Helen Cunningham and Brenda Greene are the authors of The Business Style Handbook: An A-to-Z Guide for Effective Writing on the Job, recently published in an updated second edition. We contacted them to get their best advice for administrative professionals who want to improve their workplace writing skills.
Why do you feelskills are so important in business today?
Technology has made everyone in the workplace a writer, and writing is a highly visible skill. When you send an email or other written communication, it is out there for people to see. It reflects on you and, if you are an administrative professional, it also reflects on your boss, so it’s essential to get it right. Today, your reputation and success in business are increasingly dependent on your ability to communicate well.
What’s the most common mistake you see people make when it comes to their written?
Actually, two mistakes top the list. The first is carelessness, often because of deadlines and tight schedules. In the rush to get out an email, too many people fail to check it for grammar, spelling and punctuation, as well as overall content. Is it clear and purposeful? Does it provide the necessary information? Is there an action item, and is it clearly stated along with a deadline? The second error is not considering the audience. Business writers need to think about who will see their communication and then tailor it accordingly. And always remember that email can be forwarded, so you never know who will end up reading it.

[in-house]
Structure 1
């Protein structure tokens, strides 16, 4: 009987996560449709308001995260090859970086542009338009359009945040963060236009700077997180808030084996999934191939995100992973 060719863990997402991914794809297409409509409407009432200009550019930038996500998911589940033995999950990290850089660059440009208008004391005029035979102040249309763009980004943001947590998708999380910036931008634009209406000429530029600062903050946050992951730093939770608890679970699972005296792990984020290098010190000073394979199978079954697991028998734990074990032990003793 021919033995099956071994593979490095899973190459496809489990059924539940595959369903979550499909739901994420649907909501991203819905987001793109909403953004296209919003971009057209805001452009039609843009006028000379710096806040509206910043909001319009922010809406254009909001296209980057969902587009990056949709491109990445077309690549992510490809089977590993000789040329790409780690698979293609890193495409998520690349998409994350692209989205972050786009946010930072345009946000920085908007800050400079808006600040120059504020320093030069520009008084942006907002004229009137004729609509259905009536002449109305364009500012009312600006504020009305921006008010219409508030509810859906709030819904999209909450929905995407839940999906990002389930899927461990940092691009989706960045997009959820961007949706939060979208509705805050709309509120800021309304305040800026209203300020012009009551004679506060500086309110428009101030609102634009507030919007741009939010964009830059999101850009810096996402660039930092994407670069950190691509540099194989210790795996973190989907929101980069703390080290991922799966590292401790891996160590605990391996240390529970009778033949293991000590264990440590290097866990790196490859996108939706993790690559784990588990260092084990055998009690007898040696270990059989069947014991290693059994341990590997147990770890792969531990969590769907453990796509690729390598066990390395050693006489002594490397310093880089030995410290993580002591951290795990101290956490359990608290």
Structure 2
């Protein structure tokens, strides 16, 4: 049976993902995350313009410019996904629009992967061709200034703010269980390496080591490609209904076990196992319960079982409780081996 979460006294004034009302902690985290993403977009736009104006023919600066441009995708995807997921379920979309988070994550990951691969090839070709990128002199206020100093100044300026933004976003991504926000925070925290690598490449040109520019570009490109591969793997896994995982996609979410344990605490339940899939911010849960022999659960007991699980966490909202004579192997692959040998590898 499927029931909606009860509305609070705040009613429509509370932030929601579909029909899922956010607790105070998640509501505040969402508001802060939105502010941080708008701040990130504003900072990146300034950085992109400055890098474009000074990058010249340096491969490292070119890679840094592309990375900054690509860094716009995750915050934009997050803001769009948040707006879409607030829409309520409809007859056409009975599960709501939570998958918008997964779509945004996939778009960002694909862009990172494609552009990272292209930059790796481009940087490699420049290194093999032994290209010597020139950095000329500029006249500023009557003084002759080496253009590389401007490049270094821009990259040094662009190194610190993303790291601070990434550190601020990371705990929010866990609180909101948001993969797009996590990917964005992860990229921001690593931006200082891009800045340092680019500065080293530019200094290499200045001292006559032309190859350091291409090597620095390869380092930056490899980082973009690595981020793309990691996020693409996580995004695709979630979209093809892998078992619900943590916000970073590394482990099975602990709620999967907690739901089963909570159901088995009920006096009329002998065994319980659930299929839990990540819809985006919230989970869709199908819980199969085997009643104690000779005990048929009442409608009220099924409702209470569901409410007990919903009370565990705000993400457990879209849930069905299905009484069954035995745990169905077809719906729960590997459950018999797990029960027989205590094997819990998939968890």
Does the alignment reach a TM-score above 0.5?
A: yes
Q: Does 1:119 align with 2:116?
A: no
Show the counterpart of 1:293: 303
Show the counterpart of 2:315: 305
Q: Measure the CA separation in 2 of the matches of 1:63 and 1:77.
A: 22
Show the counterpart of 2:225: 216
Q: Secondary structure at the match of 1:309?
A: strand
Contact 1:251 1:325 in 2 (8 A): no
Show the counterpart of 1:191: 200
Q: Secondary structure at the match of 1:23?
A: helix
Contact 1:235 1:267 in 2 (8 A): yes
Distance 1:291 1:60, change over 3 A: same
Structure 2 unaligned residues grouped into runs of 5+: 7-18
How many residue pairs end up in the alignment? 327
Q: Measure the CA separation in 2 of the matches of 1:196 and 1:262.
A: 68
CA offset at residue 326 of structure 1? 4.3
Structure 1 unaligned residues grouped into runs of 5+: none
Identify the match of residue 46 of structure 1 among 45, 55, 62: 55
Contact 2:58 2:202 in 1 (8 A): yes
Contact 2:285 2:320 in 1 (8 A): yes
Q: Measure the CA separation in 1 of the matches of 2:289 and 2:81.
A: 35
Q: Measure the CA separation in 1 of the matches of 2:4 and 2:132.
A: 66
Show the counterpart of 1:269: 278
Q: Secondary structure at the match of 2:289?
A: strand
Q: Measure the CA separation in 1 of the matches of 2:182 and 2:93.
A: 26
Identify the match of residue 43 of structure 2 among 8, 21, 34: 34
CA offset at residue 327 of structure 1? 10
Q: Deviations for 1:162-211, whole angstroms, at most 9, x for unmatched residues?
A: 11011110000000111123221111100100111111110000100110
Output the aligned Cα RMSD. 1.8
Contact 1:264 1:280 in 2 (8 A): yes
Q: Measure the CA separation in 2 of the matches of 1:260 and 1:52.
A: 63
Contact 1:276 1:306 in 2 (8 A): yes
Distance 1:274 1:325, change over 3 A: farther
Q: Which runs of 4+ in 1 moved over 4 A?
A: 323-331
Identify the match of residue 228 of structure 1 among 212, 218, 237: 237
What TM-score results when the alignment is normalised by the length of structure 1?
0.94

What’s your top piece of advice to an administrative professional who wants to improve her written?
Take note of well-written communications and learn from them. If you’re unsure about how to write something, don’t make a guess and hope for the best. Resolve your questions by using a stylebook or a dictionary, which are available both online and in print. Also remember that communication is part of your personal brand, so you want to be as professional as possible.
More people are communicating via smartphones and tablets. What are your favorite tips for doing that well?
Write a descriptive subject line. Be concise. Cover all the bases. When possible, paste in the contents of attachments so your recipient doesn’t have to download material. Don’t compromise your writing standards. Mobile devices don’t give you license to write sloppy communication.